Our failure to know joy is a direct reflection of our inability to forgive.  Charlotte Jojo Beck

I came across this quote the other day and it caused me to really pause and think.  As human beings, we tend to look at joy as something that’s attained once we’ve completed a series of steps.  I see this a lot in my coaching practice.  I’ll have joy when I get this promotion.  I’ll be able to tap into joy when I no longer work for this horrible boss, or when I feel more confident in my skillset.  I’ll have joy once I understand what my purpose and my true path on earth really is and have a plan for making it happen.

It’s not wrong to seek change, to want to grow or to want to improve our circumstances.  The problem is in thinking that “fix” alone will solve the problem of not having enough joy in our lives.  Our mental construct often frames joy as something we must earn.  The truth is joy is accessible now – in our imperfect lives, our imperfect careers, our imperfect leadership, our imperfect team and family dynamics.  The issue is that we can’t often access it because we’re too busy blaming ourselves or others for the perceived problems in our lives.

Forgiveness is often an inside job

Beck’s quote speaks to the path we need to take to access what’s already available to us.  And more often than not, the person we need to forgive the most is ourselves.

  • Forgive ourselves for not making a better choice of career. 
  • Forgive ourselves for not keeping up with society’s definition of success.
  • Forgive ourselves for constantly comparing ourselves to others.
  • Forgive ourselves for being so influenced by what others thought, and desperate for their validation and approval that we sacrificed our authentic self. 
  • Forgive ourselves for not having all the answers to the question of “what do you want to do with your life?” 
  • Forgive ourselves for our perceived laziness, and all the things we should be doing but we’re not.
  • Forgive ourselves for the fact that we’ve put on a few extra pounds and don’t always like the look of the person who stares back at us in the mirror.

Forgiveness is about letting go of the protective armor

Or maybe anger and resentment is projected outwards at the people around us.  We find ourselves locked into judgment and blame of others for the things they have done to us.  The things we have been subjected to – unfair expectations, abuse, trauma, bad leadership, bullying, being taken advantage of.  The list could go on and on.  Perhaps it shows up as passive aggressiveness or full blown aggressiveness with others.  Or maybe avoidance.  Forgiveness begins with the intention to let go of the armor of blame and defensiveness and a willingness to touch the vulnerability that sits underneath the anger.  Perhaps it’s the shame of having been humiliated publicly.  Or of having been abandoned and feeling isolated and unwanted.  Or the regret and shame of not standing up for ourselves with a difficult person.  When we can face that vulnerability and meet it with compassion and love for ourselves, we find ourselves on a much more joyful path.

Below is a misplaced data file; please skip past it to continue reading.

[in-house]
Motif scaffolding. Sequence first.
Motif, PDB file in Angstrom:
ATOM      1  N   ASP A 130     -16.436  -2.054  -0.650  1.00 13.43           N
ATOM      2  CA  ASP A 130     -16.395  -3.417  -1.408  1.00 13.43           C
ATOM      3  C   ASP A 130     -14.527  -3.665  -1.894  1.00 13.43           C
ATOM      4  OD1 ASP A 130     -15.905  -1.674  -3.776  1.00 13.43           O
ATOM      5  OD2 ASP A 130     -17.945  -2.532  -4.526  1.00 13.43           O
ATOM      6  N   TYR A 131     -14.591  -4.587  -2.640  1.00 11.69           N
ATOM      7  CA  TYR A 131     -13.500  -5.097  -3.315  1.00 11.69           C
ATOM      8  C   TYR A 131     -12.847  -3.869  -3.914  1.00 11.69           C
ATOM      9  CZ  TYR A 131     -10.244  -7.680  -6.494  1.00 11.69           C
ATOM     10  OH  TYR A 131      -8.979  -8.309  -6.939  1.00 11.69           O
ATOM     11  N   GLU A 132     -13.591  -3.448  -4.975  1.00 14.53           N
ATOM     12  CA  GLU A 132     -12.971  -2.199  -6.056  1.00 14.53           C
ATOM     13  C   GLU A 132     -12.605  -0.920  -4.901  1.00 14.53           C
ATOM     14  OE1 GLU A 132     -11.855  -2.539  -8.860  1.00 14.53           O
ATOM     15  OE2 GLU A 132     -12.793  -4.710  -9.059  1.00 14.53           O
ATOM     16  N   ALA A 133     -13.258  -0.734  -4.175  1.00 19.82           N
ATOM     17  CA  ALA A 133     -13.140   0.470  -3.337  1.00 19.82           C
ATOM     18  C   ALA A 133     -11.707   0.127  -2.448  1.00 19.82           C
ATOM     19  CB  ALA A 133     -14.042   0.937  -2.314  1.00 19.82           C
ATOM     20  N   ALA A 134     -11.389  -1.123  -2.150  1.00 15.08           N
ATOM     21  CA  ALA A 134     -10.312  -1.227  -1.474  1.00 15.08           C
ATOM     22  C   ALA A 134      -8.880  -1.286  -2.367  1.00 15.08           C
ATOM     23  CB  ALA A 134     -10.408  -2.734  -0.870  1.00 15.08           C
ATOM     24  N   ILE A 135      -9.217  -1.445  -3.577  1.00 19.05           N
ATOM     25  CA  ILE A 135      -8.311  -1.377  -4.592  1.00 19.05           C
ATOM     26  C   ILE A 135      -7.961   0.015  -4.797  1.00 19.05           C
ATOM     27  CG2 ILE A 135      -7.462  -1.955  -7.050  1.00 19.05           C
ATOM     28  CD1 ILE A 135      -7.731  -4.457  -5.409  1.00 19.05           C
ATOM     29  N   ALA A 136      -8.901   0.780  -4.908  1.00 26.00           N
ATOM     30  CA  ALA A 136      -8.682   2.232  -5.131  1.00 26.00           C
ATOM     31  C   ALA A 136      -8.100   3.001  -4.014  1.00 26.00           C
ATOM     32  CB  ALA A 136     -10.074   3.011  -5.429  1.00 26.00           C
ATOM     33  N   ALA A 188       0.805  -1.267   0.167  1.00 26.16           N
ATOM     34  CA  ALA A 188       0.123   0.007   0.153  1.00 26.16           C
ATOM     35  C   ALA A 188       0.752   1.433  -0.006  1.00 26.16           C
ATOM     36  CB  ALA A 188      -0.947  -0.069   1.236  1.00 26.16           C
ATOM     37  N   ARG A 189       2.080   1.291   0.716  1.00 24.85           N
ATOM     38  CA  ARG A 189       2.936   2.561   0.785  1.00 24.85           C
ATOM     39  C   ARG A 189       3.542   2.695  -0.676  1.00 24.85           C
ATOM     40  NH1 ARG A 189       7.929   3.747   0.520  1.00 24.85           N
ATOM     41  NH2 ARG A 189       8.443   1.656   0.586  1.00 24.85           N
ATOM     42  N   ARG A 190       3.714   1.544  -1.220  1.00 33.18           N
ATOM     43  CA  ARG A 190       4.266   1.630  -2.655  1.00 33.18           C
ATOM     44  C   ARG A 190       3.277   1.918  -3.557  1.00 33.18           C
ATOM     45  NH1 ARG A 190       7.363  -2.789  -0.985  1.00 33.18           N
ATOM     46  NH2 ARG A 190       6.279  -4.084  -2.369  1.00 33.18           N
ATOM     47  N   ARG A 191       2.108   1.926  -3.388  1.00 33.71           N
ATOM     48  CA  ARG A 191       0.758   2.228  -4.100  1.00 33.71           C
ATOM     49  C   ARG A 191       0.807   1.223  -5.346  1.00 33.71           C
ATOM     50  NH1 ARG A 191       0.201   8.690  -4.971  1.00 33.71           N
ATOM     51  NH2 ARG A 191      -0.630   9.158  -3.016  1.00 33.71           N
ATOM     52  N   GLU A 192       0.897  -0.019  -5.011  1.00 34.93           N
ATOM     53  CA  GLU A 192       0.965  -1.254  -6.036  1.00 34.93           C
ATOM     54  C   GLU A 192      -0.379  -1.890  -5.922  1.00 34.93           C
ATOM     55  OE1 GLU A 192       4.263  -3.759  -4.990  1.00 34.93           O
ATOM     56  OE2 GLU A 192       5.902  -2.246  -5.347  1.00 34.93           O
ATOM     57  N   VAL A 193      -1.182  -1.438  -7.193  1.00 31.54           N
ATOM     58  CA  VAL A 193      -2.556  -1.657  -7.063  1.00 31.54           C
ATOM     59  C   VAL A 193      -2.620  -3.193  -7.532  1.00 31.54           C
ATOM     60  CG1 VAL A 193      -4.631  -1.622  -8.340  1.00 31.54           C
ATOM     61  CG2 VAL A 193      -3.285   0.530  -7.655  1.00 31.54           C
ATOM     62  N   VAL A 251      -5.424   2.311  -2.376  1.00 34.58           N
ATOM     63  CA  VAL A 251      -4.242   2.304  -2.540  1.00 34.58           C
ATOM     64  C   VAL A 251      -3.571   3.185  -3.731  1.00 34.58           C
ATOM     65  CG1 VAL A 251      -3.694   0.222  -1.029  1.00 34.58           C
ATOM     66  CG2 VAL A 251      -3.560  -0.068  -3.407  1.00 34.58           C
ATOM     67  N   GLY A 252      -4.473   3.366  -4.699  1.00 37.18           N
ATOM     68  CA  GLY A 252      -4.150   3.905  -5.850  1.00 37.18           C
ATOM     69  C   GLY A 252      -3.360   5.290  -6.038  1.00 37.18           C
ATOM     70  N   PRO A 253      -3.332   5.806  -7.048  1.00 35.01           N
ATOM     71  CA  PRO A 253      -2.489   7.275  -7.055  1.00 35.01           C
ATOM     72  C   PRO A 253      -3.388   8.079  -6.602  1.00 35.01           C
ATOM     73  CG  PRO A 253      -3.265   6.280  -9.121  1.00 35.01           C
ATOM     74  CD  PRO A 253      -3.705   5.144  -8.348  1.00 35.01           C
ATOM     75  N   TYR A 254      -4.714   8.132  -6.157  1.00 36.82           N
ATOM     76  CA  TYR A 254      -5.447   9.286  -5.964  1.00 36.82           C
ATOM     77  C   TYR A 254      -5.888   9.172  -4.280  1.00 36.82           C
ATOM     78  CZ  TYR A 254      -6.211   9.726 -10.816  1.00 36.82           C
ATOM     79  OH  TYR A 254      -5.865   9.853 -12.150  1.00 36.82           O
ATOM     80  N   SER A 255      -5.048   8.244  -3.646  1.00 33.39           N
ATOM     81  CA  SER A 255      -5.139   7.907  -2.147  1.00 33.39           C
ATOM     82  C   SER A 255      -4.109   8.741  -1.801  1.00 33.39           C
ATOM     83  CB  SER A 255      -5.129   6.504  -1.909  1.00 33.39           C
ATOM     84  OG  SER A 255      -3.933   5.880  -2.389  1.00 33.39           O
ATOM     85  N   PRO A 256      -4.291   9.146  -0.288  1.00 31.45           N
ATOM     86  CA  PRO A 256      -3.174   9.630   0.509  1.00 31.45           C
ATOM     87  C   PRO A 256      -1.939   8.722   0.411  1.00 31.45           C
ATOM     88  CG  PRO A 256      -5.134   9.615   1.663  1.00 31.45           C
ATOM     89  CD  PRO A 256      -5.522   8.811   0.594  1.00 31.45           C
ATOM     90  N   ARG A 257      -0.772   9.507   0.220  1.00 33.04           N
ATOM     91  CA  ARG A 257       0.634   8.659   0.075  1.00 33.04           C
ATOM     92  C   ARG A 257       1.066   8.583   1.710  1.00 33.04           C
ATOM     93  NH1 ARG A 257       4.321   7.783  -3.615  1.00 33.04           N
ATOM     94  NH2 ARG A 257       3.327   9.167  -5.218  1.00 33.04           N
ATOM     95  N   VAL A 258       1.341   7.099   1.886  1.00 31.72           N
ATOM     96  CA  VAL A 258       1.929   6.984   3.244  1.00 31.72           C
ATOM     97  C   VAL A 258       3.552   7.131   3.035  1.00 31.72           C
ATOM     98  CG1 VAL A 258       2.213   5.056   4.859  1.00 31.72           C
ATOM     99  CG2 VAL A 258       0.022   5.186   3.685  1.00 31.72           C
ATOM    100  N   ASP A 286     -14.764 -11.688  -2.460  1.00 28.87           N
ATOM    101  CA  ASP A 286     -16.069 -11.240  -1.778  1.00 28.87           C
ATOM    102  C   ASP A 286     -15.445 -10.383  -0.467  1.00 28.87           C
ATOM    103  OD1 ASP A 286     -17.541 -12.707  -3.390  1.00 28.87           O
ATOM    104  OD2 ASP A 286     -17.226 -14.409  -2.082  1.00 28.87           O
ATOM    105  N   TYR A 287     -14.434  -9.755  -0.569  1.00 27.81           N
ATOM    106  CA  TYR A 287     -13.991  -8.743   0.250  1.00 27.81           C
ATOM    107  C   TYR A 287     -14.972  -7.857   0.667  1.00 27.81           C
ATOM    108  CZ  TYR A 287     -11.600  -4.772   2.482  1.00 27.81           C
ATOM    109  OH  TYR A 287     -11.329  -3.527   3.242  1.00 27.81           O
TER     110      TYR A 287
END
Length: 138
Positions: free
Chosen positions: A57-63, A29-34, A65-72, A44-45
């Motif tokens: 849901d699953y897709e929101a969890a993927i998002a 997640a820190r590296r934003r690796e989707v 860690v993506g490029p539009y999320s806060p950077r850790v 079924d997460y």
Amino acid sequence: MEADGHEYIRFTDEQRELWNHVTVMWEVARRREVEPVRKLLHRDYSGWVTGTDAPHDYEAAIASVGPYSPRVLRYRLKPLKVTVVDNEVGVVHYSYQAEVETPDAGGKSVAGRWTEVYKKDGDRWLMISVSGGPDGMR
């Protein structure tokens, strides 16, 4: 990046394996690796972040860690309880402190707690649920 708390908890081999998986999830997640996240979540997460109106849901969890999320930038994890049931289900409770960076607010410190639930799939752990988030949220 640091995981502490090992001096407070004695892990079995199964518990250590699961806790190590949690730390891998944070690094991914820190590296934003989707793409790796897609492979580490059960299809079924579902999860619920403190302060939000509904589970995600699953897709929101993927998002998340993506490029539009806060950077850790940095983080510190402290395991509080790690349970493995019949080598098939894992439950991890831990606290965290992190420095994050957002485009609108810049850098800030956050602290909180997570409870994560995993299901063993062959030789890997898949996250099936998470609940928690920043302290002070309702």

For a long time, I carried a lot of anger and resentment about a previous work situation.  It was years ago, when I had just transitioned my career, and found myself in a situation where I had been set up to fail.  It wasn’t until I really leaned into the feeling that was sitting under the anger – humiliation, and allowed myself to feel it without trying to push it away, that I could let it go.  Trying to forgive without acknowledging the hurt little boy or girl inside is like trying to swim with a giant boulder tied around one’s neck.  It was only when I touched that void and offered myself the incredible gift of compassion that the wound really started to mend.  We may have to do this many times, it’s a practice and can take many years to heal certain wounds.  But the cost of not doing it is the price of our freedom.

Coaching Questions for Thought:

  • How am I creating separation from myself?  Is there any layer of judgement?  Am I not being forgiving to myself?
  • What are all the ways I’ve judged myself today?  As you play them back in your mind, whisper softly to yourself – “forgiven.”
  • How am I creating separation with others?  How am I creating blame?  If I let go of the blame, what would I need to feel?  What vulnerability would that expose in myself?  How could I offer compassion to myself?

Shelley Pernot is a career and leadership coach who is passionate about helping her clients develop clarity, confidence, and compassion for self.  She is particularly adept at working with high performing women who are hard on themselves.  Reach out to me here for a free consultation to learn more about the coaching process and how it may benefit you!

  1. Ian Hallett July 8, 2024 at 8:37 pm

    Another amazing piece and exactly what I needed today! Thank you so much!